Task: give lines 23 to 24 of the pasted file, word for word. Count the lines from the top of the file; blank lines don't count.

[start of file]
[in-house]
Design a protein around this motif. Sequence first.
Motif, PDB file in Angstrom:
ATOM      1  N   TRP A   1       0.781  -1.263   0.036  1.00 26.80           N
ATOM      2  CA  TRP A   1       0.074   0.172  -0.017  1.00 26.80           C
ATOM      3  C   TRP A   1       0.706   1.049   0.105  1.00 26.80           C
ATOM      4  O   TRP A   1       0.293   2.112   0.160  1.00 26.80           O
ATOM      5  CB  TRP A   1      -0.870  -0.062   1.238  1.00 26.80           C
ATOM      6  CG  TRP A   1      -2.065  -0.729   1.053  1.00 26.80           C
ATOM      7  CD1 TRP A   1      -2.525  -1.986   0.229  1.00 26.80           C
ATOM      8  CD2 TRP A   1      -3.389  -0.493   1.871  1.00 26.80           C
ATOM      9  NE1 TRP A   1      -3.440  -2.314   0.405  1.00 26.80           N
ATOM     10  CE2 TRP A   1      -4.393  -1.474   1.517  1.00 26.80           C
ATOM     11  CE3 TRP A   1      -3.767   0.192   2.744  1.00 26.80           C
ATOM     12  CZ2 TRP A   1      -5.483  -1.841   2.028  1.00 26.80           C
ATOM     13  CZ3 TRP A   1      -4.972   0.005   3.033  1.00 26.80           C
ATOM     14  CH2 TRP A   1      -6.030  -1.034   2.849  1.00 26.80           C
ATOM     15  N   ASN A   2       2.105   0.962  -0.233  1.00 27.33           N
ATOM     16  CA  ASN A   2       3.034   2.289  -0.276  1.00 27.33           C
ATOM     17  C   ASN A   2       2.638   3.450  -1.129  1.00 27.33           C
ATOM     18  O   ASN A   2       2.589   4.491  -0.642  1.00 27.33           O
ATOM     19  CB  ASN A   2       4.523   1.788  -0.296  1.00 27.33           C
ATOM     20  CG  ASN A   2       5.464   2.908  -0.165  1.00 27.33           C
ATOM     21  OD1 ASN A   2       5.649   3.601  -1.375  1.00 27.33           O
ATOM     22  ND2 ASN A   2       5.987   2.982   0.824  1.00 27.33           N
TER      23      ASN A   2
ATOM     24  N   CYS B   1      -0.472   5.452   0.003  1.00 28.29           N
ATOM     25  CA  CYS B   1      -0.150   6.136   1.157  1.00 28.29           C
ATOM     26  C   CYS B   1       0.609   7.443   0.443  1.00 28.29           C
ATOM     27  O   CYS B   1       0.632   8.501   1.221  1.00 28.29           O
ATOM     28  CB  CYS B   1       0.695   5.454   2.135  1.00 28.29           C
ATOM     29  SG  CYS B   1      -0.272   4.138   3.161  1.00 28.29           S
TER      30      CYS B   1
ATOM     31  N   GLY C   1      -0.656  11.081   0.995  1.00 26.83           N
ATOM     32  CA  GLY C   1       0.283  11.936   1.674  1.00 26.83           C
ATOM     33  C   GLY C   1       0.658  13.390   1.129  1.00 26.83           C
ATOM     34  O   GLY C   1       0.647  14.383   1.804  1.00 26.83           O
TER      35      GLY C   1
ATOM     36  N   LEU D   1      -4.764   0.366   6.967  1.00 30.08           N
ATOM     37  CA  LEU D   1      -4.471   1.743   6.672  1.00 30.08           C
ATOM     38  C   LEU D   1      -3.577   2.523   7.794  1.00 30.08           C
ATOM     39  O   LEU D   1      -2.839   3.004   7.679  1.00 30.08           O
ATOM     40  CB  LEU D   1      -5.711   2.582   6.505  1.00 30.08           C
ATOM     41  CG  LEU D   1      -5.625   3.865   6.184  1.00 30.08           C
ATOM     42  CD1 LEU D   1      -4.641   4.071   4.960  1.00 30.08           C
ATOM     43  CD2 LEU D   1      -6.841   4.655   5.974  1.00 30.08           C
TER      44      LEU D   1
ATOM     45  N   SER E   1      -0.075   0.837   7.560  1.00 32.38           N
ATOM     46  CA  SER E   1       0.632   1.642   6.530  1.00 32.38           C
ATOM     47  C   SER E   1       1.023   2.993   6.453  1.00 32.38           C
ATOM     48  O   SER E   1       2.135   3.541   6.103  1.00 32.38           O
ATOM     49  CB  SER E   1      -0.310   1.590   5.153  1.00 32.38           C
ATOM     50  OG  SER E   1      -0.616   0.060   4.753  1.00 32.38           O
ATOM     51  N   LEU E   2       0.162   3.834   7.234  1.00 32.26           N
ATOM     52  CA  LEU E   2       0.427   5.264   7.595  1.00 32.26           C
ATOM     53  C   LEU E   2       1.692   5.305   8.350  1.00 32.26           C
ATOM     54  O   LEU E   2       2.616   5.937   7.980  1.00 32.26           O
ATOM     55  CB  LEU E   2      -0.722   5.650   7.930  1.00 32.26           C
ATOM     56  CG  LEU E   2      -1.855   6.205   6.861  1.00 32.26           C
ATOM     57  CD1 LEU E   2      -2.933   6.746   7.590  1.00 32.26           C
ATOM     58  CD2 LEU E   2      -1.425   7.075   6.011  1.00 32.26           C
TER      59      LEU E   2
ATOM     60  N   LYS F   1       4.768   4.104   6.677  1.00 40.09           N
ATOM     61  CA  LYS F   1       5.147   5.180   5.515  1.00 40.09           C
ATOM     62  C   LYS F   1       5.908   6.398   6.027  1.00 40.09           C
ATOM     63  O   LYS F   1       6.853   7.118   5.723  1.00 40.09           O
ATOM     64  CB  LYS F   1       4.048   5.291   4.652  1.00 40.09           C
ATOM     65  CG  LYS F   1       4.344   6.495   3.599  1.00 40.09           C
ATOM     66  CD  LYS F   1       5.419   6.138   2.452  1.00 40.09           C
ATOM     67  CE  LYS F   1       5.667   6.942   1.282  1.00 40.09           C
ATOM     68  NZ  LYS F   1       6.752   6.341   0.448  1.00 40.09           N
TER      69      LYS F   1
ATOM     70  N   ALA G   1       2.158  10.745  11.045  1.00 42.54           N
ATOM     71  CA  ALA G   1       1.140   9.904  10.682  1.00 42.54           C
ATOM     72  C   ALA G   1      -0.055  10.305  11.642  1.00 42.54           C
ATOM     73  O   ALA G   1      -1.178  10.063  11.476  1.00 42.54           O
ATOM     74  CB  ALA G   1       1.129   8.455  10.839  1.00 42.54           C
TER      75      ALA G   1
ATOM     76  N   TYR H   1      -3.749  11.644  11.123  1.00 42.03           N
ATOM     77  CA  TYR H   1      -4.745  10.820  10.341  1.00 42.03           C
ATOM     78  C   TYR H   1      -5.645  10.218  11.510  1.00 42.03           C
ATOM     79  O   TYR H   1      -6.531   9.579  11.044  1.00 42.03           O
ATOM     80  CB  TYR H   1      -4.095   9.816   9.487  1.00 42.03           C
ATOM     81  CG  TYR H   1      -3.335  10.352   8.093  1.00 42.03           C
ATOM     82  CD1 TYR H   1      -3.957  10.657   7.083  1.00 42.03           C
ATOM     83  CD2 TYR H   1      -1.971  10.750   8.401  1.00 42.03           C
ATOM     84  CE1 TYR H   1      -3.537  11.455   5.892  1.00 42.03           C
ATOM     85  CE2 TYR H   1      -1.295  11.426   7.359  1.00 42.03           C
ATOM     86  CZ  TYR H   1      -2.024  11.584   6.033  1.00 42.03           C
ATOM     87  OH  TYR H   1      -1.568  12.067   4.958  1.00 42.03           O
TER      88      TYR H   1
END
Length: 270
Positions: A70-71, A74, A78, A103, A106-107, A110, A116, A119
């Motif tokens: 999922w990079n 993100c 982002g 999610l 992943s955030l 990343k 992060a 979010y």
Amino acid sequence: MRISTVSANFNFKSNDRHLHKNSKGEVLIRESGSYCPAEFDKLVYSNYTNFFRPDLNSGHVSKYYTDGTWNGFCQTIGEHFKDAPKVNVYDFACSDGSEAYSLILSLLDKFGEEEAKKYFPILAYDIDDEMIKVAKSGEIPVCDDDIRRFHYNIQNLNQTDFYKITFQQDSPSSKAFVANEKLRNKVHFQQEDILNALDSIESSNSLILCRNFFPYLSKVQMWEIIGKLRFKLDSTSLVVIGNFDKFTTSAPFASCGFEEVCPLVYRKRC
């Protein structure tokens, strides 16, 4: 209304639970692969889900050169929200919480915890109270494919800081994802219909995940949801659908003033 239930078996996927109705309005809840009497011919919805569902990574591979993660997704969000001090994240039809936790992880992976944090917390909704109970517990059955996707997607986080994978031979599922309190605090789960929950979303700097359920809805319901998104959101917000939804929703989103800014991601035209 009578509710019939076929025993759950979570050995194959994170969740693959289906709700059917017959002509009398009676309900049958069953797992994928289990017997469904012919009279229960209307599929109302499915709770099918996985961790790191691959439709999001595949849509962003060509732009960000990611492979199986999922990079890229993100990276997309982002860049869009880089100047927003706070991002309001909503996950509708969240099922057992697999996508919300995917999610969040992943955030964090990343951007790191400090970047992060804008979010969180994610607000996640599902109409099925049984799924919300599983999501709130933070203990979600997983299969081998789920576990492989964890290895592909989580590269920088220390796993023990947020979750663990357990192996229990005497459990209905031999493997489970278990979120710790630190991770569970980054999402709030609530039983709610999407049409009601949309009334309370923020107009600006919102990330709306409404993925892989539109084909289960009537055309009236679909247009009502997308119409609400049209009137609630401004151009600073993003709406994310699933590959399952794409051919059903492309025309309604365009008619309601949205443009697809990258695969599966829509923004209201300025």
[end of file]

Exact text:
ATOM     20  CG  ASN A   2       5.464   2.908  -0.165  1.00 27.33           C
ATOM     21  OD1 ASN A   2       5.649   3.601  -1.375  1.00 27.33           O